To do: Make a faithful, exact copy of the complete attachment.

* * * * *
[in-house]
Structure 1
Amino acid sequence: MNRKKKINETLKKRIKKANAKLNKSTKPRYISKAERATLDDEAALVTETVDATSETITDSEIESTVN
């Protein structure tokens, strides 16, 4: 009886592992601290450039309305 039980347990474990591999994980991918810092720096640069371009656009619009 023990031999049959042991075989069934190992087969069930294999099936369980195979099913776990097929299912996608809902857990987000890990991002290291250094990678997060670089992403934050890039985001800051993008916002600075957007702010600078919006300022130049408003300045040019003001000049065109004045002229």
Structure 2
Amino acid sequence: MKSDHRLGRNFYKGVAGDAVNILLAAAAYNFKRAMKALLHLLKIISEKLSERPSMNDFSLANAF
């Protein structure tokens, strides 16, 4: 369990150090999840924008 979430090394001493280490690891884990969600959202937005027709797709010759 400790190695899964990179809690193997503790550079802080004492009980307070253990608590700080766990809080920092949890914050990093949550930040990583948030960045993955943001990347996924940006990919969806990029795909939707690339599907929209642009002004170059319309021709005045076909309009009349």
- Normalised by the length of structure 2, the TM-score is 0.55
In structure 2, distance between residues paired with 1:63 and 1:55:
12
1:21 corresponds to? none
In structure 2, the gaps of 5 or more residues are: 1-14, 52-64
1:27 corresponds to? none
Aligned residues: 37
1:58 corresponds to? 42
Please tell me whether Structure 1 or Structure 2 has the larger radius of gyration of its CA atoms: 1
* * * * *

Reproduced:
[in-house]
Structure 1
Amino acid sequence: MNRKKKINETLKKRIKKANAKLNKSTKPRYISKAERATLDDEAALVTETVDATSETITDSEIESTVN
């Protein structure tokens, strides 16, 4: 009886592992601290450039309305 039980347990474990591999994980991918810092720096640069371009656009619009 023990031999049959042991075989069934190992087969069930294999099936369980195979099913776990097929299912996608809902857990987000890990991002290291250094990678997060670089992403934050890039985001800051993008916002600075957007702010600078919006300022130049408003300045040019003001000049065109004045002229």
Structure 2
Amino acid sequence: MKSDHRLGRNFYKGVAGDAVNILLAAAAYNFKRAMKALLHLLKIISEKLSERPSMNDFSLANAF
């Protein structure tokens, strides 16, 4: 369990150090999840924008 979430090394001493280490690891884990969600959202937005027709797709010759 400790190695899964990179809690193997503790550079802080004492009980307070253990608590700080766990809080920092949890914050990093949550930040990583948030960045993955943001990347996924940006990919969806990029795909939707690339599907929209642009002004170059319309021709005045076909309009009349």
- Normalised by the length of structure 2, the TM-score is 0.55
In structure 2, distance between residues paired with 1:63 and 1:55:
12
1:21 corresponds to? none
In structure 2, the gaps of 5 or more residues are: 1-14, 52-64
1:27 corresponds to? none
Aligned residues: 37
1:58 corresponds to? 42
Please tell me whether Structure 1 or Structure 2 has the larger radius of gyration of its CA atoms: 1